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Tembok Toleransi #2 (Tolerance Wall #2)

Agus Suwage (Indonesian, born 1959). Tembok Toleransi #2 (Tolerance Wall #2), 2013. Screen print and paint on recycled cans, car audio system, and sound, 138 1/2 x 179 1/4 x 7 1/2 inches (351.8 x 455.3 x 19.1 cm). Collection Albright-Knox Art Gallery, Buffalo, New York; Gift of Mrs. Georgia M. G. Forman, by exchange, 2018 (2018:13a-s). © Agus Suwage

© Agus Suwage

Image downloads are for educational use only. For all other purposes, please see our Obtaining and Using Images page.

© Agus Suwage

Image downloads are for educational use only. For all other purposes, please see our Obtaining and Using Images page.

Agus Suwage

Indonesian, born 1959

Tembok Toleransi #2 (Tolerance Wall #2), 2013

screen print and paint on recycled cans, car audio system, and sound

overall: 138 1/2 x 179 1/4 x 7 1/2 inches (351.79 x 455.3 x 19.05 cm)

Collection Albright-Knox Art Gallery, Buffalo, New York

Gift of Mrs. Georgia M. G. Forman, by exchange, 2018

2018:13a-s

More Details

Provenance

from the artist to Tyler Rollins Fine Art, New York;
sold to the Albright-Knox Art Gallery, June 26, 2018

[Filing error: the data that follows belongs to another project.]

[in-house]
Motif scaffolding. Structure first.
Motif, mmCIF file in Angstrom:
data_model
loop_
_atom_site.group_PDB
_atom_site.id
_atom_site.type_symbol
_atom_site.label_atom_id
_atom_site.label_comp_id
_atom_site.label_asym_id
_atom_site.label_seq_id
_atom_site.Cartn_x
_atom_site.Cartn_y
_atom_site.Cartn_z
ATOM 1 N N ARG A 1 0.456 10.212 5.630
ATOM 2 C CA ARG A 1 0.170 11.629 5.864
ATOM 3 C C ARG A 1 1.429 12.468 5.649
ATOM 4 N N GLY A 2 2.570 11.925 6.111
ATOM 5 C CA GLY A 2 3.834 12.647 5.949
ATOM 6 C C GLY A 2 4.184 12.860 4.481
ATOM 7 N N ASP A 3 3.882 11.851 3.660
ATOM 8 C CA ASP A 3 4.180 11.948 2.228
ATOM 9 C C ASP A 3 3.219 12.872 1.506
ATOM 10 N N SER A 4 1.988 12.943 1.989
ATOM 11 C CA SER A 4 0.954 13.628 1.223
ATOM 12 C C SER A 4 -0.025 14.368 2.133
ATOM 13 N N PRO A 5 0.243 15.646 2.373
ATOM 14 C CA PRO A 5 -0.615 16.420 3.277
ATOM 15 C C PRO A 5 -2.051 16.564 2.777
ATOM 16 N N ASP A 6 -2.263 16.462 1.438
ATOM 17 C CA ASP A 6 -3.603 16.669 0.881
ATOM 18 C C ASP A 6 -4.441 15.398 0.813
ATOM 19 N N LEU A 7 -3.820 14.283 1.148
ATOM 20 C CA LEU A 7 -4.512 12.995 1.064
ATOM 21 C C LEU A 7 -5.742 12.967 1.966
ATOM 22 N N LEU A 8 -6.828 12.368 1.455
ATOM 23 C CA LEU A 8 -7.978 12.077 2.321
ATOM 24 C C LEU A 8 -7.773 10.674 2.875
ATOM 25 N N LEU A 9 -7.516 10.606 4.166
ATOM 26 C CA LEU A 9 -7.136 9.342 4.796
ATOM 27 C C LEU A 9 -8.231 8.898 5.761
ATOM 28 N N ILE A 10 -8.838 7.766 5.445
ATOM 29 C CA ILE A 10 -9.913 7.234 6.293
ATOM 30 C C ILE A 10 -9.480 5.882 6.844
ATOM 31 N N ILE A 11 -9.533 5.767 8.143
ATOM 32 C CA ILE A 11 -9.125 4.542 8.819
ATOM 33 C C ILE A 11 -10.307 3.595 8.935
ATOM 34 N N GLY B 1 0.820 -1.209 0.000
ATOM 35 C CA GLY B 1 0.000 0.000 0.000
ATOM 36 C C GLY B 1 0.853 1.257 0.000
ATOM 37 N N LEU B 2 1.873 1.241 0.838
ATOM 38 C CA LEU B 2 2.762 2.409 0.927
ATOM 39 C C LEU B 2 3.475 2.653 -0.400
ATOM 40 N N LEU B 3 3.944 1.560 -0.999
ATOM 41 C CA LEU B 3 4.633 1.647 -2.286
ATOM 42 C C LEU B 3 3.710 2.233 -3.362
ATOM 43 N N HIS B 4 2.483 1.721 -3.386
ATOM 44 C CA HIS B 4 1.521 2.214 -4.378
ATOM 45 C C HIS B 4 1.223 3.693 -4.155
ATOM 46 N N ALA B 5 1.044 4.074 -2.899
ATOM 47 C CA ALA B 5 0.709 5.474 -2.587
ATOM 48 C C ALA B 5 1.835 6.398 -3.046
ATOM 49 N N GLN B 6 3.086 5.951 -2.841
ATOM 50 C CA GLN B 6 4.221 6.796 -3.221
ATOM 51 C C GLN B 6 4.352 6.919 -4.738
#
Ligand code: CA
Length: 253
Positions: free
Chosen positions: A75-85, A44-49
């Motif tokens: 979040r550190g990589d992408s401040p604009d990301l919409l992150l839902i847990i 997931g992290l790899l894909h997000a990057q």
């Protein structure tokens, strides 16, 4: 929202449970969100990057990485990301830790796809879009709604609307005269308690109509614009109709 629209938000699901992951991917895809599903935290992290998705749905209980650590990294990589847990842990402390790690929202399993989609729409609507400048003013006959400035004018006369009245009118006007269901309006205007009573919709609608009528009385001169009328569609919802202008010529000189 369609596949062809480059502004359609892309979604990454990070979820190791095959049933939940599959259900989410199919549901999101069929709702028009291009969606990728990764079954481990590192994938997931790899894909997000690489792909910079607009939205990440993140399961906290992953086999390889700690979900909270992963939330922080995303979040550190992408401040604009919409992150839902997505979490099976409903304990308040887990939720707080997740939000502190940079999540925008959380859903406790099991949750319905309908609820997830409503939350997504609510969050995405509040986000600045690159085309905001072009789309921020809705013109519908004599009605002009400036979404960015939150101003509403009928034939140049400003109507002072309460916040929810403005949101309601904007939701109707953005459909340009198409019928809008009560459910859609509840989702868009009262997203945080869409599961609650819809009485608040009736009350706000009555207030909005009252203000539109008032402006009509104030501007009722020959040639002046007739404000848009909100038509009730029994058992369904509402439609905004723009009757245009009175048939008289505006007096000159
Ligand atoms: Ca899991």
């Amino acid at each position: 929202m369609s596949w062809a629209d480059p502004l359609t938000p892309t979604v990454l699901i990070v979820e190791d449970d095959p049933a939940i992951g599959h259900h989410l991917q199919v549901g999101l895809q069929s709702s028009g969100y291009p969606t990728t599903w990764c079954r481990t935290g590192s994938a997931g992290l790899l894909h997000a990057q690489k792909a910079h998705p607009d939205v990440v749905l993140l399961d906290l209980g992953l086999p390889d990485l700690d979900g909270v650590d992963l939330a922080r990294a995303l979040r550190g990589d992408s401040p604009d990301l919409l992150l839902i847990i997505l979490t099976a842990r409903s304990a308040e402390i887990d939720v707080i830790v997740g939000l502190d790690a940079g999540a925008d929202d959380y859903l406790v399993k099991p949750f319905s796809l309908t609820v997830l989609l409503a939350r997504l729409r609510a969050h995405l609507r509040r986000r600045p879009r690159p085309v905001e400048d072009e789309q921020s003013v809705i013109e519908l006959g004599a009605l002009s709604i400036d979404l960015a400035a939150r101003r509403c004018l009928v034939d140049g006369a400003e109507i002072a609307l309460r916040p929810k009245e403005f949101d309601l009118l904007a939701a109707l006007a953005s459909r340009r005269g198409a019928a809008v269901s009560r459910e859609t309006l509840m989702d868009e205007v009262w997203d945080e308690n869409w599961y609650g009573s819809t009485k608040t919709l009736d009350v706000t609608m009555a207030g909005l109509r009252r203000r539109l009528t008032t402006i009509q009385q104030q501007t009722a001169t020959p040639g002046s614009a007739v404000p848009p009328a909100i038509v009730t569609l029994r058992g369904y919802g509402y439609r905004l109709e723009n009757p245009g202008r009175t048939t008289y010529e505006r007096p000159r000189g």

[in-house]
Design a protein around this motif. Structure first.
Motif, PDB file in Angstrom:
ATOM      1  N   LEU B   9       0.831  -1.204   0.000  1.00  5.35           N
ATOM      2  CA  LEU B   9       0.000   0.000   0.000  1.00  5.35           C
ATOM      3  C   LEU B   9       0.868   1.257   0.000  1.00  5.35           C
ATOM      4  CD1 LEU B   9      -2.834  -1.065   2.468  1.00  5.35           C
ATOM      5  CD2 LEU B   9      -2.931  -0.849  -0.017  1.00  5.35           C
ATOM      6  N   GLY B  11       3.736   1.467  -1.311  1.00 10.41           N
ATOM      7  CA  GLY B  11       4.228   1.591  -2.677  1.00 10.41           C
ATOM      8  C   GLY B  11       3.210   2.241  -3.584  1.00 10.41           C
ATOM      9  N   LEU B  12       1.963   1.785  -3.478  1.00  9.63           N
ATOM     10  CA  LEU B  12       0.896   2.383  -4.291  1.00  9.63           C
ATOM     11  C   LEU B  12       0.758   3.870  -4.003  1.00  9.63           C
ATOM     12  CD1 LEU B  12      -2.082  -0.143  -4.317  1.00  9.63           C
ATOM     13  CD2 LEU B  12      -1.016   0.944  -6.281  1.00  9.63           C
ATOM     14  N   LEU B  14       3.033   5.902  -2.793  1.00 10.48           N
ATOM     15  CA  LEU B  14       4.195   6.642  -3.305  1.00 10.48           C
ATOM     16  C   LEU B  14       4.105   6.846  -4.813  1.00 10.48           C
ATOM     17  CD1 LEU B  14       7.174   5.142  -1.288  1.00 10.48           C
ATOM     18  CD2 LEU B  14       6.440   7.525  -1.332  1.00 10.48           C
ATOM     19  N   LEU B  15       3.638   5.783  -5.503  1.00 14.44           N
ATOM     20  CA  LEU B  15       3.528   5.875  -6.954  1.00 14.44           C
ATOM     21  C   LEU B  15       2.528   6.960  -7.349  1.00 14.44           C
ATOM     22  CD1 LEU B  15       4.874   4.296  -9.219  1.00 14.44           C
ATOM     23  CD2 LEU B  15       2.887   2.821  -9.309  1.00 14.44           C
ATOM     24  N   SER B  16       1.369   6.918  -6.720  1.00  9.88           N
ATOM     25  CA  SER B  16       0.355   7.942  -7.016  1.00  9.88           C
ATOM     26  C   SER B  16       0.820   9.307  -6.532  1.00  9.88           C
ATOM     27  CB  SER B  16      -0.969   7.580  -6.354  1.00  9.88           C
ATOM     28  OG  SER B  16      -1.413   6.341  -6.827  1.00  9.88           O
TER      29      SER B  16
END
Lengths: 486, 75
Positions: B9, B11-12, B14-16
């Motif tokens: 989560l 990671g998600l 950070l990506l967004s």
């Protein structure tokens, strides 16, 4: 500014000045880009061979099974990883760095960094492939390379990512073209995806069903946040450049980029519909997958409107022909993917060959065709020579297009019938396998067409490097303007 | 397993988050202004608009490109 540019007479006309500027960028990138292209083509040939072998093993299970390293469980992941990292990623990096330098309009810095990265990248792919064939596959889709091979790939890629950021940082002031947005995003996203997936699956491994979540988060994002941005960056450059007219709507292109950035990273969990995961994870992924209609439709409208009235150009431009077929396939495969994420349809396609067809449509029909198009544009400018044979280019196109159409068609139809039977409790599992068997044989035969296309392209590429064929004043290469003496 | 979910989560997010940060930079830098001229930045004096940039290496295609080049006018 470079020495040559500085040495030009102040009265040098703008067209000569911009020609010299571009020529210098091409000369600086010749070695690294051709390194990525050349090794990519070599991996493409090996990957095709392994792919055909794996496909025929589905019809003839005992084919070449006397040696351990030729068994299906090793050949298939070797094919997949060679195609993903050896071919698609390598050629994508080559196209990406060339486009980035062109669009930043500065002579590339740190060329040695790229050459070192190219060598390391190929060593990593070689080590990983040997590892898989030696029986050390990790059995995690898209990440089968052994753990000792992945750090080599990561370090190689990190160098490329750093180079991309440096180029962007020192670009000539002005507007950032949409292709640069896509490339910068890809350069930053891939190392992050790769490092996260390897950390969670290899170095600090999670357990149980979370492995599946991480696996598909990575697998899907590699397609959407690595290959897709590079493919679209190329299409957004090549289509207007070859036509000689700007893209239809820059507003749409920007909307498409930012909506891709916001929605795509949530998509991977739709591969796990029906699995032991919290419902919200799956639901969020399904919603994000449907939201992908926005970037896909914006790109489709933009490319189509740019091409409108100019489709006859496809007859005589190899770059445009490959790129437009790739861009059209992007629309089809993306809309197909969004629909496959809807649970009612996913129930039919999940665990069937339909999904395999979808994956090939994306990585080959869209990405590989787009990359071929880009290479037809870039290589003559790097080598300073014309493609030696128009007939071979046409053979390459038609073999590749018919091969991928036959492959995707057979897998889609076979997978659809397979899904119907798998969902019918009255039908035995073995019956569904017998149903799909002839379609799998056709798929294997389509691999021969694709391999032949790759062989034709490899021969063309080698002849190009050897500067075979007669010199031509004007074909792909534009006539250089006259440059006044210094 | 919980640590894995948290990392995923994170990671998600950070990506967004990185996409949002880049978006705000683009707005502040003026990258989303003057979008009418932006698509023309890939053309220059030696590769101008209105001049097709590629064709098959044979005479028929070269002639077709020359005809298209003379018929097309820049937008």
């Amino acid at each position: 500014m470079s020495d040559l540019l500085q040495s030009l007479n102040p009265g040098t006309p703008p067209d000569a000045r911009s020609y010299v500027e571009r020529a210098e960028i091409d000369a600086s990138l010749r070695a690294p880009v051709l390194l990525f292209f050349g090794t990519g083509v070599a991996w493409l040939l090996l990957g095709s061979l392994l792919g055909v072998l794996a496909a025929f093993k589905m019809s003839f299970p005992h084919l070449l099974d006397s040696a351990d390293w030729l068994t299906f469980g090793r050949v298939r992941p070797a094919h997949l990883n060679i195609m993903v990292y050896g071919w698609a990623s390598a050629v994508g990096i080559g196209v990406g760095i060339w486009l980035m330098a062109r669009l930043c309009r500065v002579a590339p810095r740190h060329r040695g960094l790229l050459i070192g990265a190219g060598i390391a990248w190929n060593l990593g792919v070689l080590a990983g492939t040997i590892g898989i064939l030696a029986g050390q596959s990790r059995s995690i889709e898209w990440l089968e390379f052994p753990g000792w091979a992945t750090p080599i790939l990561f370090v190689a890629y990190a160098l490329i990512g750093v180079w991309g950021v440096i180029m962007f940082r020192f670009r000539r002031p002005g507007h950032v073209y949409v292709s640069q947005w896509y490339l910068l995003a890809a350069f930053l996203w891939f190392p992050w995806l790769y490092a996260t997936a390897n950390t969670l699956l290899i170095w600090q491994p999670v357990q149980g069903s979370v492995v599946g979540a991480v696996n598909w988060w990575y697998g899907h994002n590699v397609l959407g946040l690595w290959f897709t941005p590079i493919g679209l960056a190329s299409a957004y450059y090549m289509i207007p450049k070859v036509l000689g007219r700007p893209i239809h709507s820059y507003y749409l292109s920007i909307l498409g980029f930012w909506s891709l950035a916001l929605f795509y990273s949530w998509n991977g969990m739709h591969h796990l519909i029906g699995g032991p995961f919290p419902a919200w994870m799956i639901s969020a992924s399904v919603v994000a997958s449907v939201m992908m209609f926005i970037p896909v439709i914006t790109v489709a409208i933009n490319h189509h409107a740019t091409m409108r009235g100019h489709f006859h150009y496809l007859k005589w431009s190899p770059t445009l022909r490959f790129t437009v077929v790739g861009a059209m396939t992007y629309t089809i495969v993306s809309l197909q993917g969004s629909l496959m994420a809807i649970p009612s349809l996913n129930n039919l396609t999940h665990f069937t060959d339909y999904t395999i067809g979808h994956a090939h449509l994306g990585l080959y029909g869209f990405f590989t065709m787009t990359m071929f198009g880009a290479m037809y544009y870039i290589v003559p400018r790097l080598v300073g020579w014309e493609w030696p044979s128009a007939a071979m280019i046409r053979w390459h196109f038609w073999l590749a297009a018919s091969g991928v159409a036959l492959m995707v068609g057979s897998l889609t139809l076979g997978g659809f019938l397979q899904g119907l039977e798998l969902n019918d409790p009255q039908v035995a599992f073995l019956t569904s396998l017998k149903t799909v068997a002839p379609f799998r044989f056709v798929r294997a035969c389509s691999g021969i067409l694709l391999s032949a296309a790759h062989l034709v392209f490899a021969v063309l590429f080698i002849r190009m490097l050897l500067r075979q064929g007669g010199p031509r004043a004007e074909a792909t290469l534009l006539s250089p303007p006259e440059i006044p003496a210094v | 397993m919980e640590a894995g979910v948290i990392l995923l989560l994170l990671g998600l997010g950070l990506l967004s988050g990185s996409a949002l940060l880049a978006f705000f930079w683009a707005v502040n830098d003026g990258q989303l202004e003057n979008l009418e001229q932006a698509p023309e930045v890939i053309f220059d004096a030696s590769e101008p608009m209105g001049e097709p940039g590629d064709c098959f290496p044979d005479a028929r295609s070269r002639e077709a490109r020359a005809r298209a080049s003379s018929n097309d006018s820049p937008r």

Class

Installations (visual works)

Work Type

Installation (visual work)

This information may change due to ongoing research. Glossary of Terms

For artist Agus Suwage, the practice of creating self-portraits like Tembok Toleransi #2 (Tolerance Wall #2) is a means of exploring his long-term interest in identity and the way in which it is shaped by social and political currents. Suwage created this self-portrait, complete with his signature hat and glasses, using rectangular tiles made from colorful recycled tin cans.

In recent decades, the artist’s work has referenced and critiqued the increased repression of religious minorities in his home country of Indonesia. The small loudspeakers strung horizontally across the artist’s face in this work play chants and prayers from Indonesia’s major religions, including Christianity (the faith in which he was raised) and Islam (the religion to which he converted as an adult). The aural continuity between the various invocations creates an immersive, non-hierarchical experience of these diverse faiths. When it was first made, Tolerance Wall #2 served as a sound barrier shielding the artist’s studio from the noise of the city, including loud calls to prayer from nearby houses of worship. 

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